Pentecost Sunday and the Power and Presence of God


Today is Pentecost, the ecclesiastical festival commemorating the establishment of the church itself. On this fiftieth day after Jesus’ resurrection, the Holy Spirit descended on Christ’s disciples as they prayed in one accord in the Upper Room, thereby launching their ministry, a dynamic outreach that would burst the confines of Jerusalem and Judea and would spread the Good News throughout the world.

Ten days before the events recounted in Acts 2, before the disciples of Christ had watched Jesus ascend to heaven, they had asked him when the restoration of Israel would come. He was the promised Messiah, they knew, but what did his departure portend for a restored kingdom? Instead of an answer, they heard Christ’s promise of the Spirit. So they waited. They obeyed Jesus’ command, remaining together in Jerusalem.

At this time, many pilgrims were in the city to celebrate the Feast of Weeks, the Jewish holy day recognizing God’s giving Moses the Law at Mount Sinai. This feast is known as Shavuʿoth in Hebrew and Pentecost (fiftieth day, after Passover) in Greek. As the disciples gathered together, the Holy Spirit fell upon them, setting them aflame by the transforming presence and power of God. The imagery of wind and fire of Acts 2 echoes that of Exodus 19, chronicling God’s presence on the mountain Moses ascended (as Kent Dobson notes in his commentary for the NIV First-Century Study Bible).

As God made abode with Moses and the Israelites, so too he was with these disciples, and now would take up residence within them. Far from abandoning or forsaking them, or leaving them desolate, he planned to animate and inspire them, write his law on their hearts, and fulfill his promise to pour out his Spirit (Joel 2); in fact, he planned to anoint them for a work whose breadth and profundity they could have scarcely imagined, of which the kingdom of Israel was just the beginning.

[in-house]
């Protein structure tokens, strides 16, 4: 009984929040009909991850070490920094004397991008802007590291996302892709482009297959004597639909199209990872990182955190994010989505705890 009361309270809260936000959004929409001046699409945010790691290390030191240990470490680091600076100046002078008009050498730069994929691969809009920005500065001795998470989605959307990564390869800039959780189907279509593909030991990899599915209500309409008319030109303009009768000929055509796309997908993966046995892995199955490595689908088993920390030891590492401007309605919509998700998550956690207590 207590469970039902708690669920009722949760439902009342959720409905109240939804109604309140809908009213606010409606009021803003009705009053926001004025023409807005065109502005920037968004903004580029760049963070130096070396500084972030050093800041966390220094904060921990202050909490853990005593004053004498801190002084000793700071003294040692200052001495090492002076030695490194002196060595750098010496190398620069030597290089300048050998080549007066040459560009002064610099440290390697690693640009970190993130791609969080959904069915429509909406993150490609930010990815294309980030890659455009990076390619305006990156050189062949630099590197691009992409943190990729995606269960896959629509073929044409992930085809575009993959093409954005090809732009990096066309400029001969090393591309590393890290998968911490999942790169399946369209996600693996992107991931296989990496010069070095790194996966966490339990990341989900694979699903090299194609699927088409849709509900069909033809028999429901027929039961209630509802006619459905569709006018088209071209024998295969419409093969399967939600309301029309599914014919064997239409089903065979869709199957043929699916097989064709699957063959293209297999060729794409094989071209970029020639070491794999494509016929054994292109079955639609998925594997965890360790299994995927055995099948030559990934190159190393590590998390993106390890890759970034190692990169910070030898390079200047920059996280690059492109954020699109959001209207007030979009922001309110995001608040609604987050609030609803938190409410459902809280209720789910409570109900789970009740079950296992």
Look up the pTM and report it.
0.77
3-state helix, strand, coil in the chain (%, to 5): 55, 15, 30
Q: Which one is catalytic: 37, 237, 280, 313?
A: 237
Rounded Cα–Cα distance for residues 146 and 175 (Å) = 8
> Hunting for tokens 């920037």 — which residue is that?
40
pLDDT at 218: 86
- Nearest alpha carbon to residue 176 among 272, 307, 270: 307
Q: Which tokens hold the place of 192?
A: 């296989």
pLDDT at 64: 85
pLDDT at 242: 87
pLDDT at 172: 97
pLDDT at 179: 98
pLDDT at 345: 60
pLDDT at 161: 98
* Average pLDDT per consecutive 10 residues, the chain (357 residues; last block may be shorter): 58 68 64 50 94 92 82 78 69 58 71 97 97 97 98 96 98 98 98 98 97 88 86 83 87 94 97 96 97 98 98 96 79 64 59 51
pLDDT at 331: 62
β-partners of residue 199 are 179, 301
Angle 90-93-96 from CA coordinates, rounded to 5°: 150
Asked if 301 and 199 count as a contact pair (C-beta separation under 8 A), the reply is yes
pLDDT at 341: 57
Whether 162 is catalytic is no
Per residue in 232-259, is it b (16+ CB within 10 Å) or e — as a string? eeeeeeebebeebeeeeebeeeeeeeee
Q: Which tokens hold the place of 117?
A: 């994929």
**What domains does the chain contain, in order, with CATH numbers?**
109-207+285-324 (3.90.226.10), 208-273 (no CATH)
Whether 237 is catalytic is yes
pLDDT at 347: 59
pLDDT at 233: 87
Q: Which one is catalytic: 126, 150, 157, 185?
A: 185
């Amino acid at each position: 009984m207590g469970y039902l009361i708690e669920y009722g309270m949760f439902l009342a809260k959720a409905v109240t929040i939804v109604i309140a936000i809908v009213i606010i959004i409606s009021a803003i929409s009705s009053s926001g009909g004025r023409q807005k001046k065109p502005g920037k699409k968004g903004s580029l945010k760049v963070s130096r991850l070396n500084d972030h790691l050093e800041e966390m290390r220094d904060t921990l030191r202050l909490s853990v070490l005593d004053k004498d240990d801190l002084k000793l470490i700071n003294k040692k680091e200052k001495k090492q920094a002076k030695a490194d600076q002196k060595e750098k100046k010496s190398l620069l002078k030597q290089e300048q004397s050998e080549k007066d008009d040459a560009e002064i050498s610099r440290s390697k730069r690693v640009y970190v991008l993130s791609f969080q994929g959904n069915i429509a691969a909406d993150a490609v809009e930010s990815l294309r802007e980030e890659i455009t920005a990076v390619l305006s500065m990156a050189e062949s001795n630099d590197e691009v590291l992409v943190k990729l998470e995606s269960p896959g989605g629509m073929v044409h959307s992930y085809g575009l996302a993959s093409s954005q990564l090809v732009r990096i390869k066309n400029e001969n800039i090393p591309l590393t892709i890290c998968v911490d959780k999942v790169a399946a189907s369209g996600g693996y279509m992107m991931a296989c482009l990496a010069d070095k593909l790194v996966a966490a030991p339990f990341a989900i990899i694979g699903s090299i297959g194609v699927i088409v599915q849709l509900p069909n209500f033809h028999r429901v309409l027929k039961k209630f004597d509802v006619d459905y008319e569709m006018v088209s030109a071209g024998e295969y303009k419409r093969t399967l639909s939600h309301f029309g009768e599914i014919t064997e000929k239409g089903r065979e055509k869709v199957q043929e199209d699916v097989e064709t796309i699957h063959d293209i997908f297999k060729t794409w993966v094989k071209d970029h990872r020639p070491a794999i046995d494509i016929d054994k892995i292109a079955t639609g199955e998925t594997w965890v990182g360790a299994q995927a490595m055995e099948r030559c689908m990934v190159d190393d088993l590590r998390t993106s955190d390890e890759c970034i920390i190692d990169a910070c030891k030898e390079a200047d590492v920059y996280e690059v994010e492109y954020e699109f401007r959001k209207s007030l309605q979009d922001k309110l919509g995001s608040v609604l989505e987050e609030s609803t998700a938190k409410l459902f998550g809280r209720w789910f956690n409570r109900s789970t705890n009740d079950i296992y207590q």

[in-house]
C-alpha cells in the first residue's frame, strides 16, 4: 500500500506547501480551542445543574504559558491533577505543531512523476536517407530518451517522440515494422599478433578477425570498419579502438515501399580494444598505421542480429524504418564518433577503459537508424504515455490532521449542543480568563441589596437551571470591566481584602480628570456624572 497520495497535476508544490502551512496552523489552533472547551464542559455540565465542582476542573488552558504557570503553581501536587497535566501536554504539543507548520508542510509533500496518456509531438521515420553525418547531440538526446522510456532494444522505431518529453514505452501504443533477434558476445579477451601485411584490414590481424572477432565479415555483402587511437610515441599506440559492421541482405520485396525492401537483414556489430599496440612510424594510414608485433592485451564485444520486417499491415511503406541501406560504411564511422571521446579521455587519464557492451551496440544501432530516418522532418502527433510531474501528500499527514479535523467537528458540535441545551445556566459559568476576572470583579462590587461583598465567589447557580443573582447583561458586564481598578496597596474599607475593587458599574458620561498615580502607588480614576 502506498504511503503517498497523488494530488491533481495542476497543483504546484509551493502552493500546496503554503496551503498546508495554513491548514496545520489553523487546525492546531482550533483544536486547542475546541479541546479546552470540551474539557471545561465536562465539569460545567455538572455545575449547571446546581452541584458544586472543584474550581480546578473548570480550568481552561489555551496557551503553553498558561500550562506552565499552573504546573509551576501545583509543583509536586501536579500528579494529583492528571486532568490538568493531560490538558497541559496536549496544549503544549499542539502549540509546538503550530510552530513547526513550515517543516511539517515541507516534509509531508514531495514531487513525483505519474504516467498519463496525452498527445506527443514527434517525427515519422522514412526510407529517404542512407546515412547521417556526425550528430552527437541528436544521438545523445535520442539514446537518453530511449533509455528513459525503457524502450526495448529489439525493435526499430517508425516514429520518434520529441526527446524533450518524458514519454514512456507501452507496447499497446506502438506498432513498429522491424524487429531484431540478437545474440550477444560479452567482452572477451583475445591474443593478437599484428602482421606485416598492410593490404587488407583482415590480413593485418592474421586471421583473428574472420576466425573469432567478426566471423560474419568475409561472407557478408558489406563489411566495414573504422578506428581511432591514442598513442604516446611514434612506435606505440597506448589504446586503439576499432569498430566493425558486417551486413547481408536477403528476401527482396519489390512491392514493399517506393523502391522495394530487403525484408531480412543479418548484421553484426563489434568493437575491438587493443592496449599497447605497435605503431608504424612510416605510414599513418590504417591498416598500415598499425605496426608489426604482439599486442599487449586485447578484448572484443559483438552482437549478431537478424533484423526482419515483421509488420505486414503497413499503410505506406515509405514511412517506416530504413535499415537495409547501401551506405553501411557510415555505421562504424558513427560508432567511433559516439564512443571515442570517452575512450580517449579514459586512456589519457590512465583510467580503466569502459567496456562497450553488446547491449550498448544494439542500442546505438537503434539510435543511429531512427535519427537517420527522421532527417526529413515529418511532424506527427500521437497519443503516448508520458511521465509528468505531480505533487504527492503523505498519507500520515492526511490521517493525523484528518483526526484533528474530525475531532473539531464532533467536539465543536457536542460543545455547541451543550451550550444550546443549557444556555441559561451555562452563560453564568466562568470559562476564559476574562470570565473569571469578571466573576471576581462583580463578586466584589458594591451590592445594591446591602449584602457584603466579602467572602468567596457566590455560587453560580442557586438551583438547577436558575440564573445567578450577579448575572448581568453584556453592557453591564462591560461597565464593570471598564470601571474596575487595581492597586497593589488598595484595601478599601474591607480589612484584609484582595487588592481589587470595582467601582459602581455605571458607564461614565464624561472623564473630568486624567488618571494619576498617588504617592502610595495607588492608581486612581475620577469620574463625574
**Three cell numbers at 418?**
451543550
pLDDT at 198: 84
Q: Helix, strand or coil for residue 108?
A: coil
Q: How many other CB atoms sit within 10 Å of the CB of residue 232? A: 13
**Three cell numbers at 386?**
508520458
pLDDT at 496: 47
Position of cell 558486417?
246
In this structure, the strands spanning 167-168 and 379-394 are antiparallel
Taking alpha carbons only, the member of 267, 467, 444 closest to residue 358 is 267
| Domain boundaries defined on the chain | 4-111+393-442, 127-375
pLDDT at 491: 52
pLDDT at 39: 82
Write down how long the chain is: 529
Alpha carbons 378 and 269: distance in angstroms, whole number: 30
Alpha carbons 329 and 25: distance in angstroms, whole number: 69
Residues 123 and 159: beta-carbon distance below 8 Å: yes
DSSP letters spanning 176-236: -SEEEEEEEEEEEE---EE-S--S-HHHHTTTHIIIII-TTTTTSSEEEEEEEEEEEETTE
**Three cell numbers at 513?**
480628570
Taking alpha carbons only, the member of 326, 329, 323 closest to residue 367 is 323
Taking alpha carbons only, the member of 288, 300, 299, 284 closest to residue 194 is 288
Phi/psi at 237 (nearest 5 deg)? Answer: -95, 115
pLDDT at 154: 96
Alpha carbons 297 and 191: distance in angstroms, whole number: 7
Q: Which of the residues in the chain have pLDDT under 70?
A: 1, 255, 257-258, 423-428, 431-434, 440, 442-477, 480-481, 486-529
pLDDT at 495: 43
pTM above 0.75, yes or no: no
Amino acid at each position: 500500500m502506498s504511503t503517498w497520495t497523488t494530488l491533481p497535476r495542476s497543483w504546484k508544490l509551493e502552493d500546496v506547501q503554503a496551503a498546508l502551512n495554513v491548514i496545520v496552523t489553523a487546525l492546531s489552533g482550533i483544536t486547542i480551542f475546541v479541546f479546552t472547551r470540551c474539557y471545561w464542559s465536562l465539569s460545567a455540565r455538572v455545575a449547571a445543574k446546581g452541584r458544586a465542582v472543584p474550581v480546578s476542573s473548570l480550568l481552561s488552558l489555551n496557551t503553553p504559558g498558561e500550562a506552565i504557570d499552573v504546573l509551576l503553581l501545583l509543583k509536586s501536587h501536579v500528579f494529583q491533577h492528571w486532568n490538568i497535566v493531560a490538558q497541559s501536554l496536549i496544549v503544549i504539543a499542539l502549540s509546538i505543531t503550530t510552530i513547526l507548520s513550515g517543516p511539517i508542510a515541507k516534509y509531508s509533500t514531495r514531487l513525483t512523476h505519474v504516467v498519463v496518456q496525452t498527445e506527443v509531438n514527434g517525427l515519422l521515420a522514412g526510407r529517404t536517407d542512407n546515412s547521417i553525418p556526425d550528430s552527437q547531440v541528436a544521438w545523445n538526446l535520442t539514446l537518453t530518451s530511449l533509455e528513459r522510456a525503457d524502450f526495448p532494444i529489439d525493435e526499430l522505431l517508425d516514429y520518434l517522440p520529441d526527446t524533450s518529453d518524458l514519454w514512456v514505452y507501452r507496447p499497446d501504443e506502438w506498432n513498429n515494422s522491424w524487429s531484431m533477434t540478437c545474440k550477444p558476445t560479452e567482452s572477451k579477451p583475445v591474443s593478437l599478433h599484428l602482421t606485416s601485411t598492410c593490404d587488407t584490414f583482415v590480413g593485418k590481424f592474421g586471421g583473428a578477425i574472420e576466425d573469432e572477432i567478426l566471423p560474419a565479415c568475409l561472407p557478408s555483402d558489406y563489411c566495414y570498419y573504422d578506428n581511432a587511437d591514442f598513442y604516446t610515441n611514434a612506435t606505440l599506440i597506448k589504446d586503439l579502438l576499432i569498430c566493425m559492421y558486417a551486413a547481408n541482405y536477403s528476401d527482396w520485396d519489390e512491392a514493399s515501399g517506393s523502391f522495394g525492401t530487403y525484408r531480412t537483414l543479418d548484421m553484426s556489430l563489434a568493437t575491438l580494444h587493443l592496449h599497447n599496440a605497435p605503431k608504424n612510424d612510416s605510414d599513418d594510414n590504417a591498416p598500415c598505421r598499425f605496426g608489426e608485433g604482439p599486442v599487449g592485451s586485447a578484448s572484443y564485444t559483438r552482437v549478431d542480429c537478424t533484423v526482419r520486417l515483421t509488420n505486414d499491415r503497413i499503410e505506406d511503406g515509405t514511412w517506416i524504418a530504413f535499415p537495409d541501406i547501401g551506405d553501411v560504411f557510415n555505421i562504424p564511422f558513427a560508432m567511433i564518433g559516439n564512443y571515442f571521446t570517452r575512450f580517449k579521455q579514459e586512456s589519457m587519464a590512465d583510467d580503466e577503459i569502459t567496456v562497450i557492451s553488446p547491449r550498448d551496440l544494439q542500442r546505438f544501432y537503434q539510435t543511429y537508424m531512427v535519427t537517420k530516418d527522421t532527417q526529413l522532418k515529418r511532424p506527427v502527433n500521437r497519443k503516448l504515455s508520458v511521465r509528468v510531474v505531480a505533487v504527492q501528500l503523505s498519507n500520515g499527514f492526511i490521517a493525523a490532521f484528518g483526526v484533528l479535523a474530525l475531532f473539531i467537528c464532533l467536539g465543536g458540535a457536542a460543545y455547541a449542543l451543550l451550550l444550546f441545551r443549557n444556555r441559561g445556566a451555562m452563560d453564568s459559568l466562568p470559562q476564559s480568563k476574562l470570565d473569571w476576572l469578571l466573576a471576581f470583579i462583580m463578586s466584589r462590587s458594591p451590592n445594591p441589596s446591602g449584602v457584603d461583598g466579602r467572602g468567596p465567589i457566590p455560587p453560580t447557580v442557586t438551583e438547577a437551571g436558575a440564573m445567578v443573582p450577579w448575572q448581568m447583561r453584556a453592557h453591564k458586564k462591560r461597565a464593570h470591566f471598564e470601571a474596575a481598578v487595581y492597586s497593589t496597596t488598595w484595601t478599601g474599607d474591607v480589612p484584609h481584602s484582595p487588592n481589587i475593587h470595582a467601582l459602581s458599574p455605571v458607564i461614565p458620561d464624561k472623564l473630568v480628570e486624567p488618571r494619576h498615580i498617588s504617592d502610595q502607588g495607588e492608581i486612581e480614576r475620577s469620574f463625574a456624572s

The Holy Spirit empowered these unsophisticated Galileans to preach the Gospel message with power both to Jews living in Jerusalem and to those on pilgrimage for the holy day. Despite sharing the same Jewish faith and religious tradition, the onlookers hailed from a wide range of geographical locations including Mesopotamia, Asia, and Egypt and spoke a number of different languages. They were culturally diverse as well—Parthians, Medes, Elamites, Cretans, and Arabians, and both ethnically Jewish and converts to the faith. Through the miraculous work of the Spirit, the Gospel message, relevant to all, was now heard by all, in their own native tongues.

God used the obedience of these disciples to begin reconciling the whole world to himself. The same power that raised Jesus from the dead was now at work within them, to effect nothing less than the complete restoration of his created order, a process still underway.

And that message, boldly proclaimed with divine unction, radically changed the lives of those who heard and heeded, responding to God’s gracious and glorious overture of love. Three thousand people, Acts 2 tells us, were baptized and welcomed into Christian fellowship that day, a fellowship depicted by Luke as nothing less than extraordinary.

In Glimpses of Grace Madeleine L’Engle describes the life of the early church in these terms: “[O]n that first Pentecost the Holy Spirit truly called the people together in understanding and forgiveness and utter, wondrous joy. The early Christians, then, were known by how they loved one another.” She continues by challenging the contemporary church to live in such unity: “Wouldn’t it be wonderful if people could say that of us again? Not an exclusive love, shutting out the rest of the world, but a love so powerful, so brilliant, so aflame that it lights the entire planet — nay the entire universe!”